I'm watching a positive deluge of TV these days, compared to my usual baseline of zero - I started watching the BBC adaptation of Sayers' The Unpleasantness at the Bellona Club
with another friend. It came out in the 1970s and stars Ian Carmichael as Wimsey.
They appear to be just available on youtube so the barrier to entry is very low.
I absolutely love Sayers, the Wimsey novels, and her writing generally - pretty much every aspect of the books. I actually think at this point, Gaudy Night
might be my favourite novel, and it's really rare for books to get that high up in my estimation anymore (I only read it a few years ago). Of all her books though, I think I like Bellona Club least, though. I know other people don't really like Five Red Herrings
but I love the setting, the fishing/painting duality the characters have going on, and I've always skipped over the timetables and mystery solving of mystery novels anyway, so it made no difference that Red Herrings had too many train timetable foolings. Plus there's the most enjoyable reconstruction that Wimsey and the Fiscal do at the end! Honestly, I think I dislike Bellona Club because I really hate George. I understand, I do: he feels humiliated and inadequate, because he got gassed in the war, clearly has PTSD/shellshock, and can't stick the things that the post-war world is requiring, living off his wife's earned income is humiliating, he sees the world has changed hugely and can't cope, etc. I get it. But he's so relentlessly unpleasant to
Sheila, and he recognizes he's being a beast, and he just keeps on doing it. It makes Wimsey, visiting them, acutely uncomfortable too. There's also not much of the novel I can point at and like in terms of set-up or setting. Books like Murder May Advertise
have the absolutely amazingly-drawn ad agency and its little politics as a backdrop, or the Nine Tailors
has a wonderful sense of quietness and vastness, almost, to go with the huge bell tones of the book. Ugh I never reviewed the books back when I read them the first time but I loved them so much I tried to stretch them out and not read them all at once.
Anyway, the TV show is all right. Since I know the plot, most of my interest and enjoyment is derived from the strengths of adaptation; for visual media like TV mostly I am looking for good acting and visuals, if possible. Ian Carmichael is a good person, acting-wise, to play Wimsey, but he really doesn't look right. He's way too broad shouldered and conventionally handsome - Wimsey calls himself "funny lookin'" and is slight, which cause his opponents to underestimate him - both in intelligence and in fights, I might add. I also think Carmichael looks a little too old, but that's more subjective, probably. Wimsey's born in 1890, I have always felt Bellona Club takes place only a few years after the Great War, so he's somewhere in his late 20s or early 30s. George, by contrast, looks very young indeed, and honestly the visual depiction of George in this version is making him a lot more sympathetic - he's going off the handle but he is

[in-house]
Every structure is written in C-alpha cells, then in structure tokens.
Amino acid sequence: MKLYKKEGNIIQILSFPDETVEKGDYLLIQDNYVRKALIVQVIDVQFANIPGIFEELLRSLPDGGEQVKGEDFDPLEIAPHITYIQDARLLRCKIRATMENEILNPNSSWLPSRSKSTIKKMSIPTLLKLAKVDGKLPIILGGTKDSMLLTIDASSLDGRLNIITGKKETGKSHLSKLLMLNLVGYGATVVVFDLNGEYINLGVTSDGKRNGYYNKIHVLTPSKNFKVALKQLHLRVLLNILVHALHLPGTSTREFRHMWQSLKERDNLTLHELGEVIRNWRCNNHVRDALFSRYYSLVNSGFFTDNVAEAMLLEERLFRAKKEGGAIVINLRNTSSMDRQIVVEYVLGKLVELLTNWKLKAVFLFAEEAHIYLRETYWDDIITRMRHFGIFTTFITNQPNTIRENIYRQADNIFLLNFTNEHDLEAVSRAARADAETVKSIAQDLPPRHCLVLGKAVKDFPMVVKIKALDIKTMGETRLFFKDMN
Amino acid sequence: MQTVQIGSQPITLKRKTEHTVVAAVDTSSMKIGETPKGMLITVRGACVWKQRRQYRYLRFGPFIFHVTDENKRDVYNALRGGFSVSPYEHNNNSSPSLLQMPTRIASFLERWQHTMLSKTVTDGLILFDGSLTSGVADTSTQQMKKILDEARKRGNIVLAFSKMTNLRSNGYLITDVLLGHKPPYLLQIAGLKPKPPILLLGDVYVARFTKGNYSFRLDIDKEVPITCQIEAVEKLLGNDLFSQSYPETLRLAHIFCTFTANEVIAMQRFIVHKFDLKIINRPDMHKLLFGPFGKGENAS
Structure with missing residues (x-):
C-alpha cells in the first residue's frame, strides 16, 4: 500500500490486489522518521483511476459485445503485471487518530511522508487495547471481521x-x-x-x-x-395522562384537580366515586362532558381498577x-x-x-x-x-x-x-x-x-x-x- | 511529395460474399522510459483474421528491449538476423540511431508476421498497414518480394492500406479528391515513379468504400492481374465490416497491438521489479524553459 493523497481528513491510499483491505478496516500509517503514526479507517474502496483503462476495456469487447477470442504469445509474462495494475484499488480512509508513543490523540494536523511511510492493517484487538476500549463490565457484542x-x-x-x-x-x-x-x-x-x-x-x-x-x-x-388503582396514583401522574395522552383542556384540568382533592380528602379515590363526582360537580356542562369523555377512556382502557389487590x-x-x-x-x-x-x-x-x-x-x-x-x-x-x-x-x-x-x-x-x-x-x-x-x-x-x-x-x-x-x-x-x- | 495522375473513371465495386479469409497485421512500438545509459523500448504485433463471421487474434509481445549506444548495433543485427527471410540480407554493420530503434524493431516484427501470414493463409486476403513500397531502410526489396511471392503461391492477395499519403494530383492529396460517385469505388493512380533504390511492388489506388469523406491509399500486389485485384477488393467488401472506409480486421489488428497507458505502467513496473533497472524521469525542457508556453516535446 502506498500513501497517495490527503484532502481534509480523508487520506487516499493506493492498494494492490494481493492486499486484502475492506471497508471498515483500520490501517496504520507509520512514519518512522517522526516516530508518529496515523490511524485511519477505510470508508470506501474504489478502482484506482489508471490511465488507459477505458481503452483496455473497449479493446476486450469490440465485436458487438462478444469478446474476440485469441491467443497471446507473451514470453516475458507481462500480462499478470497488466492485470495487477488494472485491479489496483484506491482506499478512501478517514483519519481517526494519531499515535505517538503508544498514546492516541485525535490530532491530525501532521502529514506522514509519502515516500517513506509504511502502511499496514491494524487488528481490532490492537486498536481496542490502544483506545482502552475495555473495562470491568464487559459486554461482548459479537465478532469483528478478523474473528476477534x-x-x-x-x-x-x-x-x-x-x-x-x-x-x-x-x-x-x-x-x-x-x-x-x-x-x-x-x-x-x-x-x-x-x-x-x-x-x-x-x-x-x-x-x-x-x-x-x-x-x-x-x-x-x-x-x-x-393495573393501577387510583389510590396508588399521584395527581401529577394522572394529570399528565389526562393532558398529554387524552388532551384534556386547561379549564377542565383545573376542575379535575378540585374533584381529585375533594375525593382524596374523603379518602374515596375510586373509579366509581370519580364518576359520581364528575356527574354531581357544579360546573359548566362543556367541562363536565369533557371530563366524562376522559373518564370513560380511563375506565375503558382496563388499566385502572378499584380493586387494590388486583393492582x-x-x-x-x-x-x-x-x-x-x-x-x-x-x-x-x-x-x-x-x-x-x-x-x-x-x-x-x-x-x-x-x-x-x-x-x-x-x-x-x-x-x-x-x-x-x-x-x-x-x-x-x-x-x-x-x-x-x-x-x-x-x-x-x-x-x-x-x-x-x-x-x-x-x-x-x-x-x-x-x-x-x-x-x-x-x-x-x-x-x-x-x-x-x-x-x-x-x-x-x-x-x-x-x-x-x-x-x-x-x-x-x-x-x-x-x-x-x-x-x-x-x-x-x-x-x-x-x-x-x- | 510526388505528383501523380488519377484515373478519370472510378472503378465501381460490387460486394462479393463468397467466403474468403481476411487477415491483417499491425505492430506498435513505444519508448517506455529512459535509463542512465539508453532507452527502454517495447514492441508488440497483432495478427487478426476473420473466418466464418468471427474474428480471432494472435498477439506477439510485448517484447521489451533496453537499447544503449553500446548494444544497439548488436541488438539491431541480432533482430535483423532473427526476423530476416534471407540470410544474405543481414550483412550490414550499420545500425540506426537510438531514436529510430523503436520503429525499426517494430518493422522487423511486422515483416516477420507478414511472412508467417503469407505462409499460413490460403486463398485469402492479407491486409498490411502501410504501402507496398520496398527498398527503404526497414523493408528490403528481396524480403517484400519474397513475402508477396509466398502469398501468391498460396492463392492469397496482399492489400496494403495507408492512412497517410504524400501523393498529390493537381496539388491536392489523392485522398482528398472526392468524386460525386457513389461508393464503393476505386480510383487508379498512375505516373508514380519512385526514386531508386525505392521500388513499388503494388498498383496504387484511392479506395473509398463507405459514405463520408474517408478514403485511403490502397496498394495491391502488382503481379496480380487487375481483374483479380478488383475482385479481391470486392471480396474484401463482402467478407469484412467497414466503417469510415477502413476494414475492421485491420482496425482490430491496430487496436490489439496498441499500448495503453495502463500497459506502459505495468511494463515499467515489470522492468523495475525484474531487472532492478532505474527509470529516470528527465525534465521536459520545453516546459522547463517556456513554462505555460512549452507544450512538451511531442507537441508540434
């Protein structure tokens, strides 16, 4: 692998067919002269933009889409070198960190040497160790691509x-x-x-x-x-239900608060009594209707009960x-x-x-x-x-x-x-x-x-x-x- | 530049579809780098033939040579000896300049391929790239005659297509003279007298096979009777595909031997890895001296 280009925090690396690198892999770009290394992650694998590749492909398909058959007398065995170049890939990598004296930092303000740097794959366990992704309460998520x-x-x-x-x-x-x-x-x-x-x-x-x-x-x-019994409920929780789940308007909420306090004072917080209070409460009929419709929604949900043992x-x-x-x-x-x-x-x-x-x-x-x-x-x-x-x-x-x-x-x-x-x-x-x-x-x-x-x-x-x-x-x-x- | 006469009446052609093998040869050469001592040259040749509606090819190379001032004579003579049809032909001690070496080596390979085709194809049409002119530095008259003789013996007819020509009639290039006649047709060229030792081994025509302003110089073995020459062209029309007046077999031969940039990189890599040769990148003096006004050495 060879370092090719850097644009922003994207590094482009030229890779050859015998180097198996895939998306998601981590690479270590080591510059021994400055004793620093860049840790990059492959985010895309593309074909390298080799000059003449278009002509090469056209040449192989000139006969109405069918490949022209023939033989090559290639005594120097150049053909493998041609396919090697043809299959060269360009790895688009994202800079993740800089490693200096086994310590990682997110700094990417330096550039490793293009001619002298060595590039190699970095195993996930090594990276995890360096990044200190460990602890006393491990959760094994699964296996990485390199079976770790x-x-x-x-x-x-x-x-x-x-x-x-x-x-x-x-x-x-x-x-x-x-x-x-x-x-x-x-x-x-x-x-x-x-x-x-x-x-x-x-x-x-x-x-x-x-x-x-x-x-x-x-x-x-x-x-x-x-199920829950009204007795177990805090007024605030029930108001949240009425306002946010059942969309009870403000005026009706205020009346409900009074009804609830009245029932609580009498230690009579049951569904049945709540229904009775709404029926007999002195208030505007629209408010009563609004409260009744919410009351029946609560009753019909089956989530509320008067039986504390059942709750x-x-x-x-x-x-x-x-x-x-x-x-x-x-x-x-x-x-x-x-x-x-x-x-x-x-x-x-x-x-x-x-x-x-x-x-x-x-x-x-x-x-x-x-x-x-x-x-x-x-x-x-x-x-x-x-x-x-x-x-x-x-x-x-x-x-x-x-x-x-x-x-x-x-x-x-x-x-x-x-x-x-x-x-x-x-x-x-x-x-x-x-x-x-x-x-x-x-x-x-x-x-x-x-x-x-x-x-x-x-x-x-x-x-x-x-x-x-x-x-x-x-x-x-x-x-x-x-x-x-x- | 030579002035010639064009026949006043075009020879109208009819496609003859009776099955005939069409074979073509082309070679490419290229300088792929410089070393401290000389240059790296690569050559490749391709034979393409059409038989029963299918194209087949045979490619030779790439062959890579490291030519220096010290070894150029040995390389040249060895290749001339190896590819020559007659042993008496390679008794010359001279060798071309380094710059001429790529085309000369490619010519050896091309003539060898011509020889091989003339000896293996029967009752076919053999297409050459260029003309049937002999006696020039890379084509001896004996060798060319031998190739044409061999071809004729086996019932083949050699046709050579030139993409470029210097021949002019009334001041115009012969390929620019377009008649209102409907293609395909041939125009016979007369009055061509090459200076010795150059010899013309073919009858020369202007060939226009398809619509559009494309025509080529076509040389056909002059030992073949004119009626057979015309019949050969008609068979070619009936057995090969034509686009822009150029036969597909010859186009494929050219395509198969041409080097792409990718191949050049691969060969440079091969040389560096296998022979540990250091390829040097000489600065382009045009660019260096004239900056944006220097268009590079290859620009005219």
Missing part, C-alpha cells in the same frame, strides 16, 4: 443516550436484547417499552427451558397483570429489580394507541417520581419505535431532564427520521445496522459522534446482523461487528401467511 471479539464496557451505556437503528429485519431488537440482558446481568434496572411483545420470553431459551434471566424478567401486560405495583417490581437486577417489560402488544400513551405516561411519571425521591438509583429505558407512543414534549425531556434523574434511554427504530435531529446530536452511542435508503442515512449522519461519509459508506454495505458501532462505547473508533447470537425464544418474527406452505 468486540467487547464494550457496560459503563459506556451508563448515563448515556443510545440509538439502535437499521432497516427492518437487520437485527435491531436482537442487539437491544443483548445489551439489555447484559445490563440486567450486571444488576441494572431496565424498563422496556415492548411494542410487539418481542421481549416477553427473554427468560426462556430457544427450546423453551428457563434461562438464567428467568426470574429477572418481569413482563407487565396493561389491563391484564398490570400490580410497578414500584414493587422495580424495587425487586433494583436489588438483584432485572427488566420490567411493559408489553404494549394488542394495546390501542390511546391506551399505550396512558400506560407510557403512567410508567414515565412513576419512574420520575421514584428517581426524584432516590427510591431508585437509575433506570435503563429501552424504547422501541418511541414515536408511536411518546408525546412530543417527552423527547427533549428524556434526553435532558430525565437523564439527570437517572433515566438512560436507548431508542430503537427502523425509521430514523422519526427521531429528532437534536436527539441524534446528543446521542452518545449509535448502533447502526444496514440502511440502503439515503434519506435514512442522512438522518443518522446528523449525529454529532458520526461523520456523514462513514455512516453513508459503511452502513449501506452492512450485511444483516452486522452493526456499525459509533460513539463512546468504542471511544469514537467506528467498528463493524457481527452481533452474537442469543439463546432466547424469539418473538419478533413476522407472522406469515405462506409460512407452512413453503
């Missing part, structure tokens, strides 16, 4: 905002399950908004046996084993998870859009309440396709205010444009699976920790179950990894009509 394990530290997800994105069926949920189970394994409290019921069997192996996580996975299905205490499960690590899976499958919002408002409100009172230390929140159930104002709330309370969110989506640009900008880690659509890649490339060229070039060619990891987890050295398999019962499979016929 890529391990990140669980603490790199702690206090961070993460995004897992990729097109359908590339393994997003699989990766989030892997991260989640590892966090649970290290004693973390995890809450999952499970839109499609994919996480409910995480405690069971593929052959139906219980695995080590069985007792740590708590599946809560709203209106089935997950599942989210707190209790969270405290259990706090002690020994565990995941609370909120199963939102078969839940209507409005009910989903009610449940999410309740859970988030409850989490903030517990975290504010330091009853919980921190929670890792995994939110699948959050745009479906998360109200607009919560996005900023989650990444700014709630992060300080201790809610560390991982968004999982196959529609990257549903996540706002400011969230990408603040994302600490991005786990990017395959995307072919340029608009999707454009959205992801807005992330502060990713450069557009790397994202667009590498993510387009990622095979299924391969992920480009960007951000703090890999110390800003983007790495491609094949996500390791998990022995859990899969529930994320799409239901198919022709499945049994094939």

really painfully quite young for this. Murbles is pretty much EXACTLY the way I pictured him, it is amazing. I also quite like Pemberthy. He's a little soft-faced and very self-assured and confident, which rings quite right - just doesn't have the capital he needs.
I don't know if it's the poor quality on youtube or what but there's so little colour or resolution in the adaptation. Whew, everyone and everything grey, beige, black, or maybe grey again. It's cool to see all the 1920s decor. One of the joys of Wimsey is that he's filthy rich, it's not just the reader indulging in the fantasy of just having the money to do whatever he likes and be comfortable, Sayers actually talks about this herself, writing in the luxuries she couldn't afford - and despite the graininess of the footage I'm
enjoying looking at the set dressing. There's actual smoking with actual smoke, wow. The other really weird thing is it's shot with pretty much no
sound effects or music soundtrack backing it at all. The only music is the beginning and ending title sequences. It is absolutely dead silent otherwise, and that feels so alien. I'm so used to modern cinema subtly or unsubtly cueing my emotions - and frankly sometimes it's mostly the violins coming down on a big sweep that's doing most of the emotional heavy lifting.